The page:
End of the Roll

The last four posts were written in response to historical criticism and questions I have fielded as a mom of a person with a disability. Not everyone who observes our situation weighs in with criticism, but enough have done so over the years to make me reflexively defend my actions to potential naysayers.

From her well-intentioned classmates to gossipy parents to (really) intrusive relatives, I’ve fielded a host of queries about how we handle life with a disability. The large percentage of armchair analysts have no personal experience dealing with a disability, but that doesn’t stop them from having an opinion. The bureaucracy that has grown up around people with disabilities is often impossibly dense, labyrinthine and punitive. This medical/governmental complex, what I call the “Disability Business”, compounds the day-to-day difficulty of functioning with physical impairments. That combined detrimental effect is what I wanted to highlight.

shoes

The point isn’t to encourage pity, but to increase understanding. Because for every person who will tell me face to face their “simple solution” to the complicated problem we’re facing (always starting with “Well, why don’t you just…”) there are dozens of others who won’t share their opinion directly, but instead rail publicly about how disabled people have a “free ride”, how people with disabilities are faking it for the good parking, how people with disabilities are somehow gaming the system.

If you’ve read this whole series, let’s take stock. If a person without a disability fell down and cracked some ribs, she might go to the hospital, get an x-ray, have the ribs taped, get some pain meds, go home, rest, and gingerly go about her life. The ribs would be an annoying, painful, but ultimately inconsequential blip in her day-to-day function.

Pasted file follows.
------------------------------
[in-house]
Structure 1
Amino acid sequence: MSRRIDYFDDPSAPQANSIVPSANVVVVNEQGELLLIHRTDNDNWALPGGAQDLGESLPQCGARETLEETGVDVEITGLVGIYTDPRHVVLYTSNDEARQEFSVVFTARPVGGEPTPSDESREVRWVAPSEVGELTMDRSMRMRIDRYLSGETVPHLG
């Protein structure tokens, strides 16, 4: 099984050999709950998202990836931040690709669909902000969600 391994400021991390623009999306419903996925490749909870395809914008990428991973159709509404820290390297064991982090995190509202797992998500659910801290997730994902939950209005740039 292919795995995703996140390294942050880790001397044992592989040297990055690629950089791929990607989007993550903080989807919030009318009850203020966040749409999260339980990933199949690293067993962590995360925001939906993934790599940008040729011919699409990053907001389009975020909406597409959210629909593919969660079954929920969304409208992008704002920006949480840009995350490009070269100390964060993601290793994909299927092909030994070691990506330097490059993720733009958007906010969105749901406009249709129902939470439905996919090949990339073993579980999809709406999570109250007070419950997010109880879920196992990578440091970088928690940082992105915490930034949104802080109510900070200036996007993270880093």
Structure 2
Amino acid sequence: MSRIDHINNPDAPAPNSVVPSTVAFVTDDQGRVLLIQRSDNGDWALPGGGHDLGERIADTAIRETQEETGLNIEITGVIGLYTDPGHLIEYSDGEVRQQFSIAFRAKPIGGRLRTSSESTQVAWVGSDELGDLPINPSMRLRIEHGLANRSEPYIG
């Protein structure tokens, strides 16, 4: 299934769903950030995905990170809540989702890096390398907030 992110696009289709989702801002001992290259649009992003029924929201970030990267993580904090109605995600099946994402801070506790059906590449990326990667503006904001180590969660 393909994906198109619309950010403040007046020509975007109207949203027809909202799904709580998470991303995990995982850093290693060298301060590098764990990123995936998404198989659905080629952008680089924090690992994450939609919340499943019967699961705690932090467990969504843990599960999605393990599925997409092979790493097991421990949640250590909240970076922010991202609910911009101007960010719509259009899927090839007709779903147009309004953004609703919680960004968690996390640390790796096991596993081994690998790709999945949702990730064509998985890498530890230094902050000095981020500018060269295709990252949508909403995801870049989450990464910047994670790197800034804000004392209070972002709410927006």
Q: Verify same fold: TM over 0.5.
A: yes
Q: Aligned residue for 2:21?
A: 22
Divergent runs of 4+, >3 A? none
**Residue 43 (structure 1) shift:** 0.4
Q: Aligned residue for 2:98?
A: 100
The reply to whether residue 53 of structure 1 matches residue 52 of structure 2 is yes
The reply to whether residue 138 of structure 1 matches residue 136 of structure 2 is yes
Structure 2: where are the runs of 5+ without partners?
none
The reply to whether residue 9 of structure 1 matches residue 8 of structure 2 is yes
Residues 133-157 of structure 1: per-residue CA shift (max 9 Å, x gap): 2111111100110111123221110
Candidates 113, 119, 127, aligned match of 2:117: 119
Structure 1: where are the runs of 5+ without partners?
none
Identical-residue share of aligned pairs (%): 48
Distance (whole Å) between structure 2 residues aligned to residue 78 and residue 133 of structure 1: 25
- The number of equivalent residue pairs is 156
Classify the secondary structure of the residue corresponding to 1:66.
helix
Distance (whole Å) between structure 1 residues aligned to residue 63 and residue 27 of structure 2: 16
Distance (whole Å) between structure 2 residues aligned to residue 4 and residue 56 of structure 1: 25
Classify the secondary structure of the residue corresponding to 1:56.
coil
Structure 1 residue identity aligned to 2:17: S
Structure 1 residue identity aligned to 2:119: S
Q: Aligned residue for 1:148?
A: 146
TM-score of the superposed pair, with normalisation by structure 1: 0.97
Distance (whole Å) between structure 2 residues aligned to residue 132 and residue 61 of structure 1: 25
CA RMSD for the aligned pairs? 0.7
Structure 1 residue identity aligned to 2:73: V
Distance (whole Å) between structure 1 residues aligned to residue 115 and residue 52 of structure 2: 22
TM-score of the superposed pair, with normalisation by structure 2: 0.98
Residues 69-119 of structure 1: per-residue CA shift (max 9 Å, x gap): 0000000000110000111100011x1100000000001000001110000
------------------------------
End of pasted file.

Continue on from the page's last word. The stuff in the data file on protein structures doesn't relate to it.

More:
But for my daughter, cracking ribs meant total bed rest, a personal assistant for all position changes; she couldn’t sit up or lie down alone. She couldn’t push a wheelchair or reach her controller, so someone else had to “walk” for her. She couldn’t go to the bathroom or eat without assistance. From a fairly simple, low-level fracture, she was completely incapacitated. If this fracture had been worse, say multiple ribs fractured, or an arm or leg, she’d be down for weeks.

And unlike people without disabilities, for her, fractures like this can happen at any time. These interruptions are so commonplace that we have a routine in dealing with them. And my daughter’s disability isn’t even as involved as other peoples’; she functions at a high level.

I guess what I want from this is for people to just think. If you have the impulse to offer advice to a person with a disability, take a moment. Realize you may not know what life is like for them.

Maybe you can’t walk a mile in their shoes, but the very least you can do is not critique the way they are walking.

 

 

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